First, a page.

Flagrantly wicked or impious

Mike Mello


Open headers. Moon discs. Full roll cage…”Nefarious II” had it all. While strolling the avenue earlier this month at the New England Summer Nationals in Worcester, MA, certain cars stood out for different reasons. A mid-80’s Impala put its hydraulics on display leaving opposite wheels hanging in mid-air, the row of S-10s was capped off by a rare Syclone, and a Toyota Corona appeared in two-tone blue. All of these cars captured my attention, but the following early 30’s mostly Ford(?) coupe was one of my favorites.

“Flagrantly wicked or impious” is what lists as the definition of “nefarious,” the name which appeared in approximately 4″ tall blue lettering below the backseat window of this Moon-equipped sled. I’ll do my best to share with you just how this car called me over.
While walking amongst an honorable row of hot machines on Friday, July 6, this flat-black coupe hung out quietly, just watching the other guys hunt for places to park. Since the city of Worcester allowed open headers during the Summer Nationals, there was plenty to hear as well as see, but I’m only sorry I didn’t get to hear the Pontiac power in “Nefarious II” come to life.

Topped by dual carbs that bolted up to perhaps a custom-built intake, this coupe looked like it made full use of the wide rear rubber mounted at either end of the 9″ rear axle. A couple of Nefarious II’s details kept me there a while longer, even while a slew of other cool rides idled by.
“Do not resuscitate” was the order given out back, near the vanity plate that made reference to the kind of relationship the owner had with this car. The feeling I got was that this rod wasn’t built under strict rat rod standards – it just was what it was – and that’s how it got to be so wicked.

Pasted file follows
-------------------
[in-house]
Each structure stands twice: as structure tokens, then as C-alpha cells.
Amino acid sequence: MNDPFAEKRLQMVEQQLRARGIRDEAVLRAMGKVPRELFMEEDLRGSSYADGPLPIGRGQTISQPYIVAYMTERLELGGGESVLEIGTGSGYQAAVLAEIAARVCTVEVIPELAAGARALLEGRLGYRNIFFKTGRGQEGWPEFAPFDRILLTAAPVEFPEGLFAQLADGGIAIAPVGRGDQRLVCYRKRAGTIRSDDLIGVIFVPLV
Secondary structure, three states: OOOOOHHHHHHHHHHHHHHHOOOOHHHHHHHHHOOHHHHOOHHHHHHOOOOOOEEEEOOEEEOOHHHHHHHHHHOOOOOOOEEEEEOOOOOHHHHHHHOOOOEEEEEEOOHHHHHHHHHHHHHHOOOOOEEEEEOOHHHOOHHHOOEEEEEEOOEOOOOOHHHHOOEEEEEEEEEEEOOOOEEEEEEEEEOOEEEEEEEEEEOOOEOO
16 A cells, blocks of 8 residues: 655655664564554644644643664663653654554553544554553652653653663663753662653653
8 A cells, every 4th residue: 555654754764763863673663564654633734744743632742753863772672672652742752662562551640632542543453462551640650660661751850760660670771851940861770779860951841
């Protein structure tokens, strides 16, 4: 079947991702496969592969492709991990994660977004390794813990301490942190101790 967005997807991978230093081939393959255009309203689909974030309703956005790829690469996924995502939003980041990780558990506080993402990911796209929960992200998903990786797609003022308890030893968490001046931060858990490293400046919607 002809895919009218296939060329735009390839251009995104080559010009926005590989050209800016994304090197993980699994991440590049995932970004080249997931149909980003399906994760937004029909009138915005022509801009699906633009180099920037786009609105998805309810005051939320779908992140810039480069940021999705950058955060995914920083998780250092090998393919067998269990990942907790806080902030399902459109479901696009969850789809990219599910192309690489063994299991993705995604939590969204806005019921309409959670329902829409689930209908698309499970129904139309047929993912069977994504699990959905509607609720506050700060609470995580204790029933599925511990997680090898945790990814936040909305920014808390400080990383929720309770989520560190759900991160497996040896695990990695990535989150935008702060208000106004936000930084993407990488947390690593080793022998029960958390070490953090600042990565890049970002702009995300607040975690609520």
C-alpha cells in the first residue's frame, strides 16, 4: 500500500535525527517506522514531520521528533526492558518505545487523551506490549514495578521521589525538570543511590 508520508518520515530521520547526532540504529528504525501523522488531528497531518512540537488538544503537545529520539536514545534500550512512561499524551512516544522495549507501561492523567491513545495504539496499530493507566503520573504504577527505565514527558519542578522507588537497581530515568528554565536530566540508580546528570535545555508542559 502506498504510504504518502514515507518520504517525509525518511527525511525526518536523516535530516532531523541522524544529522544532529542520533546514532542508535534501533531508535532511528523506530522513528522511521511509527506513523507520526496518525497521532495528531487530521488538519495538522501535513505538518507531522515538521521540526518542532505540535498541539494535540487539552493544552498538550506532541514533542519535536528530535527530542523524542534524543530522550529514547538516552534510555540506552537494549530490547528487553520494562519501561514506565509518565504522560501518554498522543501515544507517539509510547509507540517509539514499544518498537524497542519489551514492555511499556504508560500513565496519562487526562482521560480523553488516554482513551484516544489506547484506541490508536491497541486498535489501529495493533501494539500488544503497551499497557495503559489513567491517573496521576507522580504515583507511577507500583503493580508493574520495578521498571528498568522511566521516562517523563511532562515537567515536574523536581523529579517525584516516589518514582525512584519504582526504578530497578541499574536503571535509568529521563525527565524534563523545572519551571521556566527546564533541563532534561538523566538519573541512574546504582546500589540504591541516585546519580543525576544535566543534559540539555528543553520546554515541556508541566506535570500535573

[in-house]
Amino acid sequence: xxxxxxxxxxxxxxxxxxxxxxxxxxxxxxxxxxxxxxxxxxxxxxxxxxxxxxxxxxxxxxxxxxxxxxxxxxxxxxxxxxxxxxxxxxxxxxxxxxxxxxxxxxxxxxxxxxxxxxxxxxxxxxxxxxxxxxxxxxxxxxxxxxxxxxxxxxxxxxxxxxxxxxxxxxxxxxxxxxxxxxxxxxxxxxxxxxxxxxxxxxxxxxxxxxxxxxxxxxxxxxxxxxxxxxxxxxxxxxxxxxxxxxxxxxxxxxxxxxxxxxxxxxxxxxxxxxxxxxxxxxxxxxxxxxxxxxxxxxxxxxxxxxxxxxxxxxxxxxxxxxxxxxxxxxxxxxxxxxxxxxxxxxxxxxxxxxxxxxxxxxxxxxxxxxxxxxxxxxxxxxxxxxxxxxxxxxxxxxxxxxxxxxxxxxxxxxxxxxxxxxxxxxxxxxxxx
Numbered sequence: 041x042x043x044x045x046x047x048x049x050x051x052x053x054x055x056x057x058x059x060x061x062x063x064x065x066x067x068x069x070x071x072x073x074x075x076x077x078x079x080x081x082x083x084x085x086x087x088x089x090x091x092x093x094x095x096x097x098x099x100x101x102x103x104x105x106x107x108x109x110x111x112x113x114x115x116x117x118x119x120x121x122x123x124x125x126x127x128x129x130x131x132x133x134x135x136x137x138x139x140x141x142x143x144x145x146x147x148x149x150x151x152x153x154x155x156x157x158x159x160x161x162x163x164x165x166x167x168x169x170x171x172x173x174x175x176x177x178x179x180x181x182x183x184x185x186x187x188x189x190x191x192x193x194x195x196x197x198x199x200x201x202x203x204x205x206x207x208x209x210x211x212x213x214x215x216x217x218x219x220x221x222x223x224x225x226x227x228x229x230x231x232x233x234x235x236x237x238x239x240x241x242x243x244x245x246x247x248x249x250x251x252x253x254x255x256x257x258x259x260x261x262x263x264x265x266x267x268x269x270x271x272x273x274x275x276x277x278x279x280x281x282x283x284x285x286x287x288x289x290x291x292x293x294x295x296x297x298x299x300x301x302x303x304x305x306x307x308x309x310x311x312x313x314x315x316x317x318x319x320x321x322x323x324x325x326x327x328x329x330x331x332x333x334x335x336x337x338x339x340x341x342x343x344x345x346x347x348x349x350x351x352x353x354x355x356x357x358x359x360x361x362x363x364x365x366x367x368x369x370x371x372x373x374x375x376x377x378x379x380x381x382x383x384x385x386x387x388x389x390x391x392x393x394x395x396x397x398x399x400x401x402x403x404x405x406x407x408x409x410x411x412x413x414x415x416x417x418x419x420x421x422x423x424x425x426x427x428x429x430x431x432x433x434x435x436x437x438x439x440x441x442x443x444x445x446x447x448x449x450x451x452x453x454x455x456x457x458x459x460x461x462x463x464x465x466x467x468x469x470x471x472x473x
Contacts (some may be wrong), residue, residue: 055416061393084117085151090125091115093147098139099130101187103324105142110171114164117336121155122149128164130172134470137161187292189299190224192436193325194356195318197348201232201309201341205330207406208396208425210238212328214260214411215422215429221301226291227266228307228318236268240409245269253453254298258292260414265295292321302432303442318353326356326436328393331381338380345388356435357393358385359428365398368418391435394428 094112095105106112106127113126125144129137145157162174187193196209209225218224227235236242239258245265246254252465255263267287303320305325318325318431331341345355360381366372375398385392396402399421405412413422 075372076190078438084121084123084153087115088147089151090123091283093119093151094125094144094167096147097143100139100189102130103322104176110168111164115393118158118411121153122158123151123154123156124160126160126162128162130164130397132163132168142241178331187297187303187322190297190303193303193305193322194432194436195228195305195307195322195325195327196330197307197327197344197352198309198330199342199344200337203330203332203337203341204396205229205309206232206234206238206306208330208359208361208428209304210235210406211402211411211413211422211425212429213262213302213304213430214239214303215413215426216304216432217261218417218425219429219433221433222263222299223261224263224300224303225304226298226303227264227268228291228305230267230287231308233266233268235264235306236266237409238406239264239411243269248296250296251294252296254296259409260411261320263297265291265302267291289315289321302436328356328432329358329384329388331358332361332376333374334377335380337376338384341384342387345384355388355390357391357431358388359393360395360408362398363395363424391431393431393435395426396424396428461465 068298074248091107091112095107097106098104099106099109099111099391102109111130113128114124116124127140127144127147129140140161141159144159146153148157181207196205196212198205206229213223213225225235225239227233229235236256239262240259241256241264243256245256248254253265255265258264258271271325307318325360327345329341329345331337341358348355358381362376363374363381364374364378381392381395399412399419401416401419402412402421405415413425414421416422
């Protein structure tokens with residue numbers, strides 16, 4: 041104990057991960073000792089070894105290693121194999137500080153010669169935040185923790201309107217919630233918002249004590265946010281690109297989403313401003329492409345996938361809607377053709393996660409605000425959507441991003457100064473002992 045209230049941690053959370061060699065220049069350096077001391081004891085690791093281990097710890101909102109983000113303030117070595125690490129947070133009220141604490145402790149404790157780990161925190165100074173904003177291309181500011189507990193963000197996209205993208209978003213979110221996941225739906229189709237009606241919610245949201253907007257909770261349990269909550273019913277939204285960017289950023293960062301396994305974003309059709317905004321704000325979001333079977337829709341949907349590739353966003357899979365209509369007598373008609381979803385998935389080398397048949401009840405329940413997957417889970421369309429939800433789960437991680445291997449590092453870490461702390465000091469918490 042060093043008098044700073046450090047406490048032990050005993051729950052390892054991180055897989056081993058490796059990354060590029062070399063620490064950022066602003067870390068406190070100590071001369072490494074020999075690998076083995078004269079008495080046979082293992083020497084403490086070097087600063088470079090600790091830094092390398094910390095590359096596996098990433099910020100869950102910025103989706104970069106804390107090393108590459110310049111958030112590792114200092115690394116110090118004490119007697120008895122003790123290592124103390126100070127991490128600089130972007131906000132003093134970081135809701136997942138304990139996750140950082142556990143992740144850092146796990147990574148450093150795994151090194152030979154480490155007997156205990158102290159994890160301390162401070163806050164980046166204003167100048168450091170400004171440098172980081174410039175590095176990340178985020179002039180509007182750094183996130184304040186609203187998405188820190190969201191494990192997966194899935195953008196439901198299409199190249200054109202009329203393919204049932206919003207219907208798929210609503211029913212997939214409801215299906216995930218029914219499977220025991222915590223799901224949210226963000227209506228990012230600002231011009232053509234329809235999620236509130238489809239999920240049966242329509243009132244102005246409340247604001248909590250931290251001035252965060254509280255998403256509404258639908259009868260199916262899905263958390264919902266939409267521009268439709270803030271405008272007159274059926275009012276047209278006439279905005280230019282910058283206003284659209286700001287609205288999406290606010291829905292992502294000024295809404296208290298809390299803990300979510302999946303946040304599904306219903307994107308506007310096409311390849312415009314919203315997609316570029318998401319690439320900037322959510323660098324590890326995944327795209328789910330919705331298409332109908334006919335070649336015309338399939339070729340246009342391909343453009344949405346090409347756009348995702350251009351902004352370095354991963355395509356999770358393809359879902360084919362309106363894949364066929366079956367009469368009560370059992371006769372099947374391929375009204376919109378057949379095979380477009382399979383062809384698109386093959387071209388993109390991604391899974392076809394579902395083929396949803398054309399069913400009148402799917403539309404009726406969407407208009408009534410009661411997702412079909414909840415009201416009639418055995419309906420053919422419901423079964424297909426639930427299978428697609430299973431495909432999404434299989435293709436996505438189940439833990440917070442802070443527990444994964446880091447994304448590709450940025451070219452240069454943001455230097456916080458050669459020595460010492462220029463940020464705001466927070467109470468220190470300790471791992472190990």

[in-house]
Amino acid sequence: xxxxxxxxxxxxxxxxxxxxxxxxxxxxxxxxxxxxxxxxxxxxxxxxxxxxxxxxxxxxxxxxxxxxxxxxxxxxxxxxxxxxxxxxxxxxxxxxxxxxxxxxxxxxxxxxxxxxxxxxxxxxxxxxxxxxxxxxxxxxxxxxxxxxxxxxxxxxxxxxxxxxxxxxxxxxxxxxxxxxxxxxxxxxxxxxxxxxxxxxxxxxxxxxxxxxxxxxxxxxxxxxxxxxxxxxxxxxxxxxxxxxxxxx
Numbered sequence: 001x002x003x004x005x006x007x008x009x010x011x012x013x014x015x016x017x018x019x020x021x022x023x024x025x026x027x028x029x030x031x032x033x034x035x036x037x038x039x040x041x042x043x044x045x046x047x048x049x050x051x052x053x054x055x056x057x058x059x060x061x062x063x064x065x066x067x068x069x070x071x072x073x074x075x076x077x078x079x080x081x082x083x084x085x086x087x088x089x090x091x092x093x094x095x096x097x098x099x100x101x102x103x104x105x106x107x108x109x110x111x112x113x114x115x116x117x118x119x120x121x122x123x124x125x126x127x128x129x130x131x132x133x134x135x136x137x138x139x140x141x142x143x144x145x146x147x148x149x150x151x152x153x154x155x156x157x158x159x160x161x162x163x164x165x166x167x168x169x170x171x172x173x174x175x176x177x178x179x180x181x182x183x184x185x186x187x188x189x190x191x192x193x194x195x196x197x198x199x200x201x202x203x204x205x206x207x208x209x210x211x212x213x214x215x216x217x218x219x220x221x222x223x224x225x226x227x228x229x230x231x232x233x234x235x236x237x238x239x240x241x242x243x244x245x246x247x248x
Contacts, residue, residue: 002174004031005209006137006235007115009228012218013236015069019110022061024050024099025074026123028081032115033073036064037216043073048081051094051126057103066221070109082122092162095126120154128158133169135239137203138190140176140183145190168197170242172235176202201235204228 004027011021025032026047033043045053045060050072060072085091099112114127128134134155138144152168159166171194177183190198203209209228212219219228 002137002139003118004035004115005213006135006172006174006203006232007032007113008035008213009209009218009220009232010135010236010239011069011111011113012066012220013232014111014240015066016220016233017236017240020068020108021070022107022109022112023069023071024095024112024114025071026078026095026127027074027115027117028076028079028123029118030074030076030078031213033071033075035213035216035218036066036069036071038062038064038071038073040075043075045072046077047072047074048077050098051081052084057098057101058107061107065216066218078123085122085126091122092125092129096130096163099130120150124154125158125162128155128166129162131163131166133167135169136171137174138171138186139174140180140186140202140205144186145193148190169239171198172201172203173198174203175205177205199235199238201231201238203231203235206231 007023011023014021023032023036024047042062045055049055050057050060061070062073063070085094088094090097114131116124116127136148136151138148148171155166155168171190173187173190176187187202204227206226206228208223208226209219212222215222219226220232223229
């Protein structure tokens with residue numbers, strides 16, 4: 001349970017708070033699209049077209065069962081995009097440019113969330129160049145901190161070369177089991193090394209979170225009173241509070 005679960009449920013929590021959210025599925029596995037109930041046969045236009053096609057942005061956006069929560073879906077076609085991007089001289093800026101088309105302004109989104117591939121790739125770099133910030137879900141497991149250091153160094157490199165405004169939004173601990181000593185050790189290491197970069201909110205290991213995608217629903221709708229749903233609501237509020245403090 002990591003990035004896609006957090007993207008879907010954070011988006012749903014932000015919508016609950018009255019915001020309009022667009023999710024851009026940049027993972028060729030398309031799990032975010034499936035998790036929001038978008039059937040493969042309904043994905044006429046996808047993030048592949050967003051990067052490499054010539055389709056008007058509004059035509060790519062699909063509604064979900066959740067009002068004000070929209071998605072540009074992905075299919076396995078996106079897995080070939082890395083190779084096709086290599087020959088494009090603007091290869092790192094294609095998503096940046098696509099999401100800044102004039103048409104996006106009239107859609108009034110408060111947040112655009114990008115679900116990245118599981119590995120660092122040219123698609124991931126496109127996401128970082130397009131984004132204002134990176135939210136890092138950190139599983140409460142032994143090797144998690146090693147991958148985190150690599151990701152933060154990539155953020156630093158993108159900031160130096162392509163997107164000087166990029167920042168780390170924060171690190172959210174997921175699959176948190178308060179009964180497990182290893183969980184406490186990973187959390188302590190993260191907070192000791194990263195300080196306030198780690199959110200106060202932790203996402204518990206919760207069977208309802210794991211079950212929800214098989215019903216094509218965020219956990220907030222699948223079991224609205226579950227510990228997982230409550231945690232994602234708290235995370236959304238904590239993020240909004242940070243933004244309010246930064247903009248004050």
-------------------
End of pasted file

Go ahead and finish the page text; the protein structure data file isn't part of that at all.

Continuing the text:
A look inside was a must-do, as the right-side door was left open, showing off the clean sheet metal interior door panels, accented by the louvered pieces which took over the openings where side glass used to reside. The period steering wheel was beautiful – but don’t miss the Gene Winfield autograph. Back to the front end, not every hot rod has a pair of vintage headlamps like this. What do you say to those big, kinda-grimy, hazel lenses? I just want to see them turned on, all yellowy, nasty, and of course, wicked.

How do you like this rod? Is it your style? Since the owner was not with the car, there was no chance for a vehicle-to-driver profile.

Don’t forget about the mouse trap – shouldn’t every rat rod have one?

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Author: Brendan Moore

Brendan Moore is a Principal Consultant with Cedar Point Consulting , a management consulting practice based in the Washington, DC area. He also manages Techshake Consulting, a separate practice within Cedar Point Consulting. where he advises businesses connected to the auto industry. Cedar Point Consulting can be found at .

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  1. rockin rat rod

  2. I agree, that is one ring-a-ding ding rod. I am digging it, brother.

  3. Glad you like it. Would have loved to meet the owner.

  4. It’s not a trailer queen, that’s for sure. I love it, and I think the rat rod movement is great. It’s really basic, really kind of pure, and not all that concerned with accolades.

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